Top Ten Reasons Why Listeners Think Radio Sucks

image from static.howstuffworks.com No surprise to anyone, the National Association of Broadcasters still wants government mandated FM tuners to be put in your cell phone. The revelation though is that they are now boasting research poll results that 78% of phone owners would consider paying a one-time fee of 30 cents to gain access to local radio stations through the build-in chip. The top reason: they want to listen to the weather and their local stations on their phone

As well, 73% said that having a radio forced into their phone that’s capable of providing “local weather and emergency alerts in real-time would be ‘very’ or ‘somewhat’ important.” Aside from my obvious opposition of letting the government design cell phones or giving the radio industry—that proudly claims that it’s audience is growing—any type of free pass that allows it to grow their audience without innovating. I propose instead, as Rob Pegoraro at The Washington Post has, that wireless manufacturers and carriers should return the favor to the NAB. They should commission their own surveys on the number of major issues that radio has. I can already imagine the interesting results:

Top Ten Reasons Why Listeners Think Radio Sucks

  1. 98% of radio listeners were unaware that artists aren’t compensated when their music is played on the air, indicating that they were “severely” concerned as why they these practices are still allowed.
  2. 87% of radio listeners remarked that—if a government mandated FM-tuner is installed in their next cell phone—they “deeply longed” for days when their “local” radio station wasn’t owned by 1 of 4 corporations.
  3. 95% of radio listeners adamantly complained that after 8 years of being tortured with the songs “Lifestyles of the Rich & Famous” by Good Charlotte and "Complicated" by Avril Lavigne; they’re sick of hearing them.
  4. 88% of car drivers revealed that after driving through seven different states and having to change stations almost every half-hour that they still can’t tell the difference between any of the radio programming they heard.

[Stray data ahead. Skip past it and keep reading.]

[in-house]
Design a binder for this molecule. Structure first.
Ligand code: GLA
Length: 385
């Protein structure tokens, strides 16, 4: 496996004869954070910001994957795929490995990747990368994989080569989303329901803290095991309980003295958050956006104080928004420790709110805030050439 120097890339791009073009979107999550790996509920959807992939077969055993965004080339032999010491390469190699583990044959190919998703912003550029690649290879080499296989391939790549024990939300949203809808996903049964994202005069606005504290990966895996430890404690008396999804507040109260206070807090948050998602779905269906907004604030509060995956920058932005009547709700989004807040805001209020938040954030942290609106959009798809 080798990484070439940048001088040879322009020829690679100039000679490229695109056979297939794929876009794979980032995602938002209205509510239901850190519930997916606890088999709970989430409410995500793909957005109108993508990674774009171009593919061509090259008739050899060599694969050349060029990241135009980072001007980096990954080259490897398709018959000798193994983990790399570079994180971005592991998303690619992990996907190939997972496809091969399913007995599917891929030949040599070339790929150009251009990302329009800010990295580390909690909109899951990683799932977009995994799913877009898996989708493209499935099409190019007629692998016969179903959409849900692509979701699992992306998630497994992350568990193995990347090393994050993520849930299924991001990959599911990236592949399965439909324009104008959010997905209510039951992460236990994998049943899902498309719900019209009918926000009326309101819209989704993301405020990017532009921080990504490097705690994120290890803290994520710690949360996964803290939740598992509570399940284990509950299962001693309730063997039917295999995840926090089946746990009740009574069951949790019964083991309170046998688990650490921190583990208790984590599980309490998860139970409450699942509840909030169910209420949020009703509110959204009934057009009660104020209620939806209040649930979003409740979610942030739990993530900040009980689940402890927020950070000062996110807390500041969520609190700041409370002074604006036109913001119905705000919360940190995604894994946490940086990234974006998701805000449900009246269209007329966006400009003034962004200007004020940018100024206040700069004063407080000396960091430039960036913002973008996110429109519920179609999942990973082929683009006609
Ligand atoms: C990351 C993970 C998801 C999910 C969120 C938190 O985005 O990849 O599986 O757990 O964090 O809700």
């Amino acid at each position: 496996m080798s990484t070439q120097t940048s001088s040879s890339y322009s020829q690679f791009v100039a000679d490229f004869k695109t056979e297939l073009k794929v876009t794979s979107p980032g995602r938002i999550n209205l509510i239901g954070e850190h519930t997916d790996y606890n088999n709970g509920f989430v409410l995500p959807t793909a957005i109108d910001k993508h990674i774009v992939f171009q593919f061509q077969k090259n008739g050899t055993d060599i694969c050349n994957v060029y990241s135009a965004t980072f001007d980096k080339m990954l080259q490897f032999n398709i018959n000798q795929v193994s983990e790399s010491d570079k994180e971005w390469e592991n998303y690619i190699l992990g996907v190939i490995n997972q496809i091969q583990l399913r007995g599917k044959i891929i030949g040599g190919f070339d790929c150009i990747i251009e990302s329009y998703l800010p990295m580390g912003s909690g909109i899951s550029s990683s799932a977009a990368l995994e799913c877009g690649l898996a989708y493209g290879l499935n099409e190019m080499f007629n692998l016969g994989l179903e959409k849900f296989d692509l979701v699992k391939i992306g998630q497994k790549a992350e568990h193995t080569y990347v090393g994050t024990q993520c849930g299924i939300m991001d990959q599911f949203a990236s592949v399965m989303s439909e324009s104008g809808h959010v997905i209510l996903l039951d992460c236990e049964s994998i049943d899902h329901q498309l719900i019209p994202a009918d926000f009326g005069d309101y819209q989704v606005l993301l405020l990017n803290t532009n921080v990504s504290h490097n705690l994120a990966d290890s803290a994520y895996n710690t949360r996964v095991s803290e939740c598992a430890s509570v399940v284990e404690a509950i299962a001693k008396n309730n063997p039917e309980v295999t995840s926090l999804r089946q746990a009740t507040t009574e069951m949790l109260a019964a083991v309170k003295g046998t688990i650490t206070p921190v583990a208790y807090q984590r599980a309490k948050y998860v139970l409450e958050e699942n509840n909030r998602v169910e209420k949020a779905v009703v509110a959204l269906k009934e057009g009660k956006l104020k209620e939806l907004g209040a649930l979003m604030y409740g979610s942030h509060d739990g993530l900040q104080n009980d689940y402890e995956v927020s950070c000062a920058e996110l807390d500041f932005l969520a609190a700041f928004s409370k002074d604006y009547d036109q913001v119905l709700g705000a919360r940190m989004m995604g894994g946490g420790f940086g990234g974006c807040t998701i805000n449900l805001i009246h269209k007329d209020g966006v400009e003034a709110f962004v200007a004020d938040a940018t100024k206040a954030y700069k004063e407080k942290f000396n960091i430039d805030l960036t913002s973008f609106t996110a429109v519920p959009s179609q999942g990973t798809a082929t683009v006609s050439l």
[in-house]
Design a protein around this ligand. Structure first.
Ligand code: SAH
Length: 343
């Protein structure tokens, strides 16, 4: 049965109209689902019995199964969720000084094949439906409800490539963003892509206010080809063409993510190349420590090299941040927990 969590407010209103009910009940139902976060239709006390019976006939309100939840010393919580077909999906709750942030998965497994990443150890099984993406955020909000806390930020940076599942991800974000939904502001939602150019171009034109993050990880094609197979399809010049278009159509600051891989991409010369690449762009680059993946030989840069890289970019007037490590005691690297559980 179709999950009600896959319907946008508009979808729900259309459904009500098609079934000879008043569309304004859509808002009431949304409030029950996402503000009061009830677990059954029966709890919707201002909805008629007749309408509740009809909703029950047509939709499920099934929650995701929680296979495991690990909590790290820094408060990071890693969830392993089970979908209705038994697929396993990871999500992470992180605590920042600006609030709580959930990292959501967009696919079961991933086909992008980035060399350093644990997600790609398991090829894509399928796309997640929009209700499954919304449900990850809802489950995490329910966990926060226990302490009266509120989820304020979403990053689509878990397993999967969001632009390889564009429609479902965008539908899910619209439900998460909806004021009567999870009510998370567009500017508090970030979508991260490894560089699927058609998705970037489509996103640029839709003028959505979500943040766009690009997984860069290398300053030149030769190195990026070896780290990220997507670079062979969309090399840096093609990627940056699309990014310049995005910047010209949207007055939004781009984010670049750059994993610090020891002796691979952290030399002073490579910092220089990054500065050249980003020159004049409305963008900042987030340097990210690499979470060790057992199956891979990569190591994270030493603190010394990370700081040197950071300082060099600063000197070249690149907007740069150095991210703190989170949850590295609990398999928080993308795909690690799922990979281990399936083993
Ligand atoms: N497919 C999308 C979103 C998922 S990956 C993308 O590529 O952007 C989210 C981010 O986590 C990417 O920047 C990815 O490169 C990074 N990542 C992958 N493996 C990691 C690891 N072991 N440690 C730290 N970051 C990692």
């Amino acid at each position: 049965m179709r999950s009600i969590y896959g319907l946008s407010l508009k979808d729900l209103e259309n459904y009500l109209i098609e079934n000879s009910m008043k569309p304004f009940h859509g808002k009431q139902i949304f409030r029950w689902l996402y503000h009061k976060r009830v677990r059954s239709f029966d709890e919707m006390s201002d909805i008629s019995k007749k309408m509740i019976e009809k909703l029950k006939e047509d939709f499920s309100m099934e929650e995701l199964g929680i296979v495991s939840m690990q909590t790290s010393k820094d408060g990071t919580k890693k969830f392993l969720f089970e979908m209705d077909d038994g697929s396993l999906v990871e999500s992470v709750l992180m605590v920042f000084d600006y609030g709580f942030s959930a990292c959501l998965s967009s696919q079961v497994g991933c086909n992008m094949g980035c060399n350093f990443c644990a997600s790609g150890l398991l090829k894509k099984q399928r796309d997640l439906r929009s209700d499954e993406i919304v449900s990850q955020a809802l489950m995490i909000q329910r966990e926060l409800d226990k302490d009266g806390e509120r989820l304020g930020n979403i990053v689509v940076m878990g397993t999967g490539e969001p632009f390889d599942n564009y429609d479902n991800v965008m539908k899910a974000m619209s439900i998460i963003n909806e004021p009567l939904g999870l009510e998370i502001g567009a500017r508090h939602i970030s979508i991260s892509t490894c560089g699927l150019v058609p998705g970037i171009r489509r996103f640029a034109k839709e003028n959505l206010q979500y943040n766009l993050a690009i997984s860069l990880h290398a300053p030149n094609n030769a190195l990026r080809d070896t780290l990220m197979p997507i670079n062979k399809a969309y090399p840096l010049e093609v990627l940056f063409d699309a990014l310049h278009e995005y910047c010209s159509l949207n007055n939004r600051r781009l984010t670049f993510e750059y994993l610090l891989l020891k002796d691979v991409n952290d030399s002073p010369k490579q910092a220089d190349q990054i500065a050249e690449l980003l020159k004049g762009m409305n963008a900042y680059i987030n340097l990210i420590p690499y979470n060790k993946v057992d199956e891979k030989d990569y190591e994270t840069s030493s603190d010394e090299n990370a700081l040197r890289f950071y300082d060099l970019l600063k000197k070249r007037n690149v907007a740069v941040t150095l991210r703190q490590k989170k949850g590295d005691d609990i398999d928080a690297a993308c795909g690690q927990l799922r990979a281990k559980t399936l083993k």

5. 75% of car drivers observed that they often get distracted while operating their motor vehicle because they changed stations so often that it was “remotely” or “highly” difficult to concentrate on their driving.
  6. 96% of those car drivers relayed that the major reason why they had to change stations all the time is because the DJ talks too much, a terrible song is playing, or it’s a commercial. Sometimes, all three.
  7. 95% of radio listeners testified that they never wanted to hear advertisements from bar-owners, car dealers, lawn-care services, banks, real-estate, Applebee’s, colleges, and grocery stores ever, ever again.
  8. 68% of radio listeners were surprised that their “local” radio station is actually syndicated from half-way across the country and that sound bites of their town name were thrown in because it’s the “nice-thing-to-do.”
  9. 95% of radio listeners confirmed that if they were allowed to watch laughing babies or funny cats on YouTube while they were driving that they would find this more entertaining than the "Morning Show" hosts.
  10. 100% of radio listeners and car drivers agreed that they would rather jump out a window or drive their car off a cliff than have to hear Ryan Seacrest announce what song is playing on their “local” radio station.

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  1. you should have called it “Top Ten Reasons Why Listeners Think COMMERCIAL Radio Sucks” because that’s what it’s really about.

  2. Good read. I despise what I used to call my favorite local radio station. After years of listening, I can literally call out the next song without failure. It has called itself the “new” 97.1 The River for about ten years now. Nothing about this station is “new” not even the playlist that has been looped since its birth.
    There is no radio station, that I know of, that provides good, multi-genre music with low commercial frequency which I cannot predict the upcoming song. If anyone knows of one in Atlanta please let me know; otherwise, I’ll just stick to my large cd wallets.

  3. great blog, I worked in radio for 11 years and its sad to say its dead. I loved radio and music growing up but now the mainstream music is bland and generic and radio stations all sound the same with no life. The radio cluster I worked for had 7 stations and regarding our Top 40 ( CHR ) station myself and other co-workers ( Sales ) used to play a game regarding what sond would play next. Since we knew the playlist was set up basically to play the same songs at the same time everyday and man I would nail it everytime. so sad isn’t it ? Used to like Rock and some rap but now its all boring and if you listen to Classic Rock the playlist are so tight its the same freakin songs (just like top 40 ) I’m done with radio got my XM/Serus back on so I can listen to Smooth Jazz since its dead on regular radio.

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